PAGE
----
Kathryn Watson, DCNF
It’s possible New York Times reporter Nicholas Kristof crossed the free speech line into criminal solicitation of a felony Monday when he tweeted where IRS employees could send him President Donald Trump’s tax returns, legal experts say.
But if you're in IRS and have a certain president's tax return that you'd like to leak, my address is: NYT, 620 Eighth Ave, NY NY 10018. https://t.co/ujYe100Tn9
— Nicholas Kristof (@NickKristof) March 6, 2017
At least, it’s up for debate.
An IRS employee’s disclosure of tax returns to an unauthorized person is a felony, and federal law prohibits anyone from soliciting a crime. The First Amendment “wouldn’t immunize” that, wrote UCLA law professor and Washington Post columnist Eugene Volokh Monday.
“I think that asking IRS employees — even if not a specific employee — to leak a specific document is likely to be enough to put the statement on the solicitation side of the line, rather than the mere advocacy side” of speech, Volokh wrote. “But I can’t be completely certain of that.”
Whether Kristof’s tweet qualifies as protected advocacy of an action or criminal solicitation under U.S. code is irrelevant, however, if he meant it as hyperbole or satire, Volokh said. He compared Kristof’s case to then-candidate Donald Trump’s suggestion on the campaign trail that Russians hack former Secretary of State Hillary Clinton’s missing 30,000 emails.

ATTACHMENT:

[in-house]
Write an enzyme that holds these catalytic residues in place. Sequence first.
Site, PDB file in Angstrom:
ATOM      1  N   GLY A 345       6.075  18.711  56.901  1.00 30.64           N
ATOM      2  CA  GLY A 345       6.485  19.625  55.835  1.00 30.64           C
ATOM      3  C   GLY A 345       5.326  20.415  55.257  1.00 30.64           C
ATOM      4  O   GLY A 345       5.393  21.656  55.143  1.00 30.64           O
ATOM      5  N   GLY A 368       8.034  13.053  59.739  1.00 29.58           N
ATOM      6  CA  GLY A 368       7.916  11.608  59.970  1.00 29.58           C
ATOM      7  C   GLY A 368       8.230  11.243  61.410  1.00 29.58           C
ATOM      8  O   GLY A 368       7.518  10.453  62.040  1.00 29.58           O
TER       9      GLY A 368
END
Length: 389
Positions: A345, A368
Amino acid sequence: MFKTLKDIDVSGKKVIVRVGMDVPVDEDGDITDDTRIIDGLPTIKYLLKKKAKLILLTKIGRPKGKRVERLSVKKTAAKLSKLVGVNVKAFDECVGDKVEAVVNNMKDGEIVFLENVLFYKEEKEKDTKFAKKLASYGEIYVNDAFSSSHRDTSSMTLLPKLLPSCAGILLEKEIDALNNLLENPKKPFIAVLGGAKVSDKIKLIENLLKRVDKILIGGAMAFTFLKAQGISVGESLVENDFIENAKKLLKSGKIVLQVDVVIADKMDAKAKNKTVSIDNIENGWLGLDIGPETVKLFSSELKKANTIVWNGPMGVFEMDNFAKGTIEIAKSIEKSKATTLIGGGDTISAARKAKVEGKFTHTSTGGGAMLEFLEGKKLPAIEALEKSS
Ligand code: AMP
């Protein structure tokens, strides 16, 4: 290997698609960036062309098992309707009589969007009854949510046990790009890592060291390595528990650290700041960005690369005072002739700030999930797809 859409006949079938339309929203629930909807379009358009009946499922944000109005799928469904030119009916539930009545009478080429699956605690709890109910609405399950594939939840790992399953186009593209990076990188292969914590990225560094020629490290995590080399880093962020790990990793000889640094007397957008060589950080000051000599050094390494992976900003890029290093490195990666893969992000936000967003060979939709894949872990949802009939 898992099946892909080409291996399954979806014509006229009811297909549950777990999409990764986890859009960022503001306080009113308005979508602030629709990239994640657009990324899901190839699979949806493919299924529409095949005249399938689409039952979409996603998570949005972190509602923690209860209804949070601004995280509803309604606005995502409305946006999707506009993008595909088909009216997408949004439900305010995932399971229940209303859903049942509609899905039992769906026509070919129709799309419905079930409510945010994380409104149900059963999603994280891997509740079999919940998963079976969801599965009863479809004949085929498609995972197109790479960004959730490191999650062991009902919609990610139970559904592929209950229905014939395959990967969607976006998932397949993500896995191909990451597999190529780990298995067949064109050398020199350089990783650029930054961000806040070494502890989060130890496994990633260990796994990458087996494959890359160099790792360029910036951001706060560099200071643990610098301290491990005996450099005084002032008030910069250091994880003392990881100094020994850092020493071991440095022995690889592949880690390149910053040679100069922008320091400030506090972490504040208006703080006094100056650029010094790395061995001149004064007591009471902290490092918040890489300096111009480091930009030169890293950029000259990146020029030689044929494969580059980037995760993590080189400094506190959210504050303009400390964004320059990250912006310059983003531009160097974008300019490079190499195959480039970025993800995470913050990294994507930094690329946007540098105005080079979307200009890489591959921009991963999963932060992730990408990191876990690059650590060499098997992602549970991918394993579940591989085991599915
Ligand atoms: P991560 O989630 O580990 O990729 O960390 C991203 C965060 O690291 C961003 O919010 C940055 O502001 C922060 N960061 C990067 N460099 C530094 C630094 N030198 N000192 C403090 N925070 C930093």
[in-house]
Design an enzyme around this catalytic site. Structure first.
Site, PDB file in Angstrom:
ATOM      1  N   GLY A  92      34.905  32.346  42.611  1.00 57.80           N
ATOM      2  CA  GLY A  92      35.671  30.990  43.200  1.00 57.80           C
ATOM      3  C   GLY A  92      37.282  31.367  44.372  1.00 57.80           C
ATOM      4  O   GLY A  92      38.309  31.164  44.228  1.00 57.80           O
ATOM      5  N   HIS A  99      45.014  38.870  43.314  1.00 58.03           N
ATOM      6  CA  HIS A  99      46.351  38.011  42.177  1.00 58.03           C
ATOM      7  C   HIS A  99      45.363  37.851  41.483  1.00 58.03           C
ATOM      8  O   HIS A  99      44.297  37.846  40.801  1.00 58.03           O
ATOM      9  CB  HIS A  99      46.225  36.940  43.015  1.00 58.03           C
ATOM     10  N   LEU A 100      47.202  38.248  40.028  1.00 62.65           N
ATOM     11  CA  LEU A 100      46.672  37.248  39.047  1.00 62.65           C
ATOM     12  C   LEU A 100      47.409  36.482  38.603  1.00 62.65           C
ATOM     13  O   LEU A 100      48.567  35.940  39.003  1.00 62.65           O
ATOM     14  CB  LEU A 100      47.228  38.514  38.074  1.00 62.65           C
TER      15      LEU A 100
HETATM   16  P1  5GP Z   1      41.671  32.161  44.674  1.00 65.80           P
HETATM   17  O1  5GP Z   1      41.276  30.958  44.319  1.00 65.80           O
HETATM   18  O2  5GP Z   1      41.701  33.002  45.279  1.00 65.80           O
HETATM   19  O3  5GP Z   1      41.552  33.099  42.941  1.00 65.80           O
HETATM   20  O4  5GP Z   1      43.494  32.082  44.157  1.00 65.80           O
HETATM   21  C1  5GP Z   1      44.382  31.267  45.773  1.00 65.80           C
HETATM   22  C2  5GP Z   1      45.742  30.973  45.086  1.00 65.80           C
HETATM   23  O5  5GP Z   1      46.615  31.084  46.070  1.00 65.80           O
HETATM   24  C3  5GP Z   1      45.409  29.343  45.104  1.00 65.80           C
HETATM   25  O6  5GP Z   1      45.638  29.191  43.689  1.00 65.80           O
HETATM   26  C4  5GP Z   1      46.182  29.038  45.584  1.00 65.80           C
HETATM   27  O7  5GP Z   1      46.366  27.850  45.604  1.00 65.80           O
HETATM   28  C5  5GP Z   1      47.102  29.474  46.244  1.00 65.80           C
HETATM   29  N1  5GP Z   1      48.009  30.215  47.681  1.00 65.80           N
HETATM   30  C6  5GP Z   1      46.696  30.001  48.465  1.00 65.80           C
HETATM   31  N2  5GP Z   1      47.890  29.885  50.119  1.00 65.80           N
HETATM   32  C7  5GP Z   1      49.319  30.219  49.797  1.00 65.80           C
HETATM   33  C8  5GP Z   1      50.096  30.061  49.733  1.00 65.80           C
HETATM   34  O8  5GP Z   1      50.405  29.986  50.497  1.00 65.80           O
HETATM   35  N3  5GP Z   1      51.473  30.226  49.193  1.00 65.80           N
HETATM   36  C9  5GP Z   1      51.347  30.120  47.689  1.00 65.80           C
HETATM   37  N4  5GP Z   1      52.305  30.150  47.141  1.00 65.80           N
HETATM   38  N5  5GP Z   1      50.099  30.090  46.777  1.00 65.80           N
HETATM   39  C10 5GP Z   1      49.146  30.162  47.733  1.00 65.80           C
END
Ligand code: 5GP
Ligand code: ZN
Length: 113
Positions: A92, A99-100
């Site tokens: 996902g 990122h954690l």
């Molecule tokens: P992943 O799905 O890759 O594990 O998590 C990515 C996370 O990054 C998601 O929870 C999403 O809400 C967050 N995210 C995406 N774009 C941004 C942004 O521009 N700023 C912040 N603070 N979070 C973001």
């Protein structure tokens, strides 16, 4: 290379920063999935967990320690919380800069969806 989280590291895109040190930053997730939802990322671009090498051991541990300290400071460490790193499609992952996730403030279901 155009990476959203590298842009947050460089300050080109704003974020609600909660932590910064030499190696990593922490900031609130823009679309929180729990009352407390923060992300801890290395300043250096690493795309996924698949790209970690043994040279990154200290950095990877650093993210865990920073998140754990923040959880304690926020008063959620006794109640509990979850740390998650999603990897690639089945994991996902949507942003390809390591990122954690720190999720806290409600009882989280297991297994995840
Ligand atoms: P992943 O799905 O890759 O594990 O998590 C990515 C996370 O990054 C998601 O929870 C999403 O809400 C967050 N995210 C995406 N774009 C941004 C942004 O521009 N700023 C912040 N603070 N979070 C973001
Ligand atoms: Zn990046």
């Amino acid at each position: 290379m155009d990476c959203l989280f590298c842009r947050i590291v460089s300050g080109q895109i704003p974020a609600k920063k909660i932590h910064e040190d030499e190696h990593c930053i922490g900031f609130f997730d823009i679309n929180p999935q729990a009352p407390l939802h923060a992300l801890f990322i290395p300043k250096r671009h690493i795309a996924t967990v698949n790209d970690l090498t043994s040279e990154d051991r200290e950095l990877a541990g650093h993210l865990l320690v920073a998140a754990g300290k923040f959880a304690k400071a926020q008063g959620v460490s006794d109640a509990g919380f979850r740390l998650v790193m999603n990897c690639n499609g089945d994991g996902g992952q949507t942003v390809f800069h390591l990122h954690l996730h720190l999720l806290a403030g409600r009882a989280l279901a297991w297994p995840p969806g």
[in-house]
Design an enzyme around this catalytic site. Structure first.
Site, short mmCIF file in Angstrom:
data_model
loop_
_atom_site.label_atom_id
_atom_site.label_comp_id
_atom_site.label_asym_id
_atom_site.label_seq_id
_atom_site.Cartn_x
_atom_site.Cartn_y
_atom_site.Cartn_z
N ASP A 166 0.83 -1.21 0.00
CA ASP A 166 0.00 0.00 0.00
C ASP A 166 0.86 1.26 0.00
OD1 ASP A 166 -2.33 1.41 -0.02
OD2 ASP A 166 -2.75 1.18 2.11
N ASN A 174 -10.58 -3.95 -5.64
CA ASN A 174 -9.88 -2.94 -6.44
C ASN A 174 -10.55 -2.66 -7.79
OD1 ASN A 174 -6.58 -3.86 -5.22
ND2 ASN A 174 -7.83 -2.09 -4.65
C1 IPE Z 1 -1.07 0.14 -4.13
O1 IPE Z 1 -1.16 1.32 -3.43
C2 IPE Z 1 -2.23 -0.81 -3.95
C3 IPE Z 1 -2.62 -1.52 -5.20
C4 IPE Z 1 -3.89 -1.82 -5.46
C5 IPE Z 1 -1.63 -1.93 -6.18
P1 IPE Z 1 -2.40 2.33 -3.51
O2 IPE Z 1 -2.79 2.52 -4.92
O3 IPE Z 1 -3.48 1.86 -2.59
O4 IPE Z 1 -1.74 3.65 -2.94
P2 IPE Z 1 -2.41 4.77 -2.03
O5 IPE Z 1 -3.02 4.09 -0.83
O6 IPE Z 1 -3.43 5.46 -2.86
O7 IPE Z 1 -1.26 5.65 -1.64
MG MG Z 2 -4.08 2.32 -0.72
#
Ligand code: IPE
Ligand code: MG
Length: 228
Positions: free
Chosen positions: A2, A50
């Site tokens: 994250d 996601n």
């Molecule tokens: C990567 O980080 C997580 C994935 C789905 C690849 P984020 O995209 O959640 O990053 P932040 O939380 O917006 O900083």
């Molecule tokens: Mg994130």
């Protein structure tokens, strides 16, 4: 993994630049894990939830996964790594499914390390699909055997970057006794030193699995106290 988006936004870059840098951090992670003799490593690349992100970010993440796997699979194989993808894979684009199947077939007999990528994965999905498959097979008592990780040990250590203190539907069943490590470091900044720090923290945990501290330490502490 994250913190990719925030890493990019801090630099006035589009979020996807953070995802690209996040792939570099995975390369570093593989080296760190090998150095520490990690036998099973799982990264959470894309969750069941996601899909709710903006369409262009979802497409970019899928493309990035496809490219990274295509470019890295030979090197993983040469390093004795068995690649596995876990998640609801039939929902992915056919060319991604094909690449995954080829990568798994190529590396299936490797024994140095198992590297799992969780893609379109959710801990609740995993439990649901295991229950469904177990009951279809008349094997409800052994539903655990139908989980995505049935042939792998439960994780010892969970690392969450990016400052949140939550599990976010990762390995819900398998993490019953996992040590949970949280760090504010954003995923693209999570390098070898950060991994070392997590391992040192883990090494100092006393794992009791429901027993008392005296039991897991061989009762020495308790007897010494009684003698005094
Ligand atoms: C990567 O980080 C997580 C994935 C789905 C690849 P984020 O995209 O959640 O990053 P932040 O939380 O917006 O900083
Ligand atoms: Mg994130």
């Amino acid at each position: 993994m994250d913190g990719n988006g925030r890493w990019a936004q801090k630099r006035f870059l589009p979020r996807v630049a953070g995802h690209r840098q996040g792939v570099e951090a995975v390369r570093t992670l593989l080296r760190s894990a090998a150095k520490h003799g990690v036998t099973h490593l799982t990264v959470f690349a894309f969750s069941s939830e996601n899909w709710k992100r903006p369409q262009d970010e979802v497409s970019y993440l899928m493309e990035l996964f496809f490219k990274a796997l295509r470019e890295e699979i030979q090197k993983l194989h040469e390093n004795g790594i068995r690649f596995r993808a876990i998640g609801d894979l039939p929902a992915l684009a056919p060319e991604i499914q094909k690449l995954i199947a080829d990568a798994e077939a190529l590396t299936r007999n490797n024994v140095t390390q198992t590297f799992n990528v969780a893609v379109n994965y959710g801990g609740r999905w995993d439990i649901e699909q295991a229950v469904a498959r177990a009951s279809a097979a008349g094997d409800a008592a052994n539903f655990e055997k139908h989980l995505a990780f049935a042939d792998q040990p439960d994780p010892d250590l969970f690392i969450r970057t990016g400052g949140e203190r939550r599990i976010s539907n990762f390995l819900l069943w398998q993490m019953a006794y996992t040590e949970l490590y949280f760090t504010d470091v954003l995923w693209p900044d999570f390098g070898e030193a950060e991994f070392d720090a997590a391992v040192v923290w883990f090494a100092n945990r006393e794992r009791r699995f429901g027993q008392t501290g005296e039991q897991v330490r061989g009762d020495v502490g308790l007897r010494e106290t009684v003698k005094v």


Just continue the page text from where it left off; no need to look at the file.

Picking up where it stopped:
William Marshall, a University of North Carolina Law School professor and White House deputy counsel under former President Bill Clinton, said it’s unlikely a judge would take Kristof’s tweet seriously.
“I think that the court has held numerous times that satire and political speech are both fundamental to the First Amendment, and I don’t think anyone looking at this tweet is going to look at it as an attempt of criminal solicitation,” Marshall told The Daily Caller News Foundation’s Investigative Group.
Hans von Spakovsky, a senior legal fellow at the Heritage Foundation, said the criminal solicitation issue isn’t clear. If Kristof received Trump’s tax returns and published them, however, that would qualify as criminal activity under the tax code, he said.
“I am not sure his solicitation would fit within the statute, since he didn’t offer anything of value,” Von Spakovsky told TheDCNF. “But I think it is unethical for him to ask IRS employees to commit a federal crime and he could be prosecuted if he published such an illegally obtained tax return.”
Marshall, citing the Pentagon Papers case in which The New York Times published secret Department of Defense papers about U.S. involvement in Vietnam, said prosecutors are unlikely to pursue Kristof if he did publish Trump’s returns as a result of his tweet. Prosecutors are less likely to pursue Kristof for his tweet under criminal solicitation laws.
“I would say this is nothing any serious prosecutor would try to pursue,” Marshall said.
Trump has refused to release his returns, claiming they are under audit, although IRS Commissioner John Koskinen told Congress an audit doesn’t prohibit an individual from disclosing them.
The NYTimes in October published three pages of Trump’s 1995 state tax records, showing Trump took more than $900 million in losses that year. No charges have been filed against the paper.
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